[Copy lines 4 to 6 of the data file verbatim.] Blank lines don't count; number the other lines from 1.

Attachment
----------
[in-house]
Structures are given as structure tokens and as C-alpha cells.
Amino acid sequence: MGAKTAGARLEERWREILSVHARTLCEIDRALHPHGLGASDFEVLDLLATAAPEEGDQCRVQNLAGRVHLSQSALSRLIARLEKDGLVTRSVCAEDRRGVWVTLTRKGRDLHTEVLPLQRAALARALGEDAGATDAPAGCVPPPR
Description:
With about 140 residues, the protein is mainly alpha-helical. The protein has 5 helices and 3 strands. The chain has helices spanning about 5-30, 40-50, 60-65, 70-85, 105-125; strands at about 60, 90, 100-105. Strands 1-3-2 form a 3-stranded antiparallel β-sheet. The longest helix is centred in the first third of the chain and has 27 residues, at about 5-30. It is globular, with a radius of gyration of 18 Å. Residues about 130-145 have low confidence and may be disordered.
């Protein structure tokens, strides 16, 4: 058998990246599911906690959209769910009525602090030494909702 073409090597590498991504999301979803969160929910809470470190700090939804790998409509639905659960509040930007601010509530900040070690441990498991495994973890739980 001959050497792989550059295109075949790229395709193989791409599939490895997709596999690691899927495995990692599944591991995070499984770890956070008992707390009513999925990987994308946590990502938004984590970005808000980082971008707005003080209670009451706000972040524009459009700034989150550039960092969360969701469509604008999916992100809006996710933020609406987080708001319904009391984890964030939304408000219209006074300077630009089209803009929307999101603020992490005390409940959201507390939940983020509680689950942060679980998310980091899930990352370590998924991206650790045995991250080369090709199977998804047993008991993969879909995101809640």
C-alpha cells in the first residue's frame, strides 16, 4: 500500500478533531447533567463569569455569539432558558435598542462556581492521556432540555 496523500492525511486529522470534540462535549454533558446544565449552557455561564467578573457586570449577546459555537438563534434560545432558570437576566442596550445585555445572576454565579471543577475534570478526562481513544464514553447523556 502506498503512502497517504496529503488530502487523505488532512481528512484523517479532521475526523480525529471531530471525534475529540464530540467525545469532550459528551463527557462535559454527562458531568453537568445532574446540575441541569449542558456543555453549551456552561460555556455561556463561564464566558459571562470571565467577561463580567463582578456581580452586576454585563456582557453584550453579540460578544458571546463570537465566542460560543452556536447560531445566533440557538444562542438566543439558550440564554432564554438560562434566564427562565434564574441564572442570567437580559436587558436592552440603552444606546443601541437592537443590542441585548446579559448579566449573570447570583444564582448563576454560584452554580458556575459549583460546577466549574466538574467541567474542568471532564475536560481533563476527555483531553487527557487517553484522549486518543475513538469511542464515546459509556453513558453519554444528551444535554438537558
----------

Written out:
Description:
With about 140 residues, the protein is mainly alpha-helical. The protein has 5 helices and 3 strands. The chain has helices spanning about 5-30, 40-50, 60-65, 70-85, 105-125; strands at about 60, 90, 100-105. Strands 1-3-2 form a 3-stranded antiparallel β-sheet. The longest helix is centred in the first third of the chain and has 27 residues, at about 5-30. It is globular, with a radius of gyration of 18 Å. Residues about 130-145 have low confidence and may be disordered.
């Protein structure tokens, strides 16, 4: 058998990246599911906690959209769910009525602090030494909702 073409090597590498991504999301979803969160929910809470470190700090939804790998409509639905659960509040930007601010509530900040070690441990498991495994973890739980 001959050497792989550059295109075949790229395709193989791409599939490895997709596999690691899927495995990692599944591991995070499984770890956070008992707390009513999925990987994308946590990502938004984590970005808000980082971008707005003080209670009451706000972040524009459009700034989150550039960092969360969701469509604008999916992100809006996710933020609406987080708001319904009391984890964030939304408000219209006074300077630009089209803009929307999101603020992490005390409940959201507390939940983020509680689950942060679980998310980091899930990352370590998924991206650790045995991250080369090709199977998804047993008991993969879909995101809640």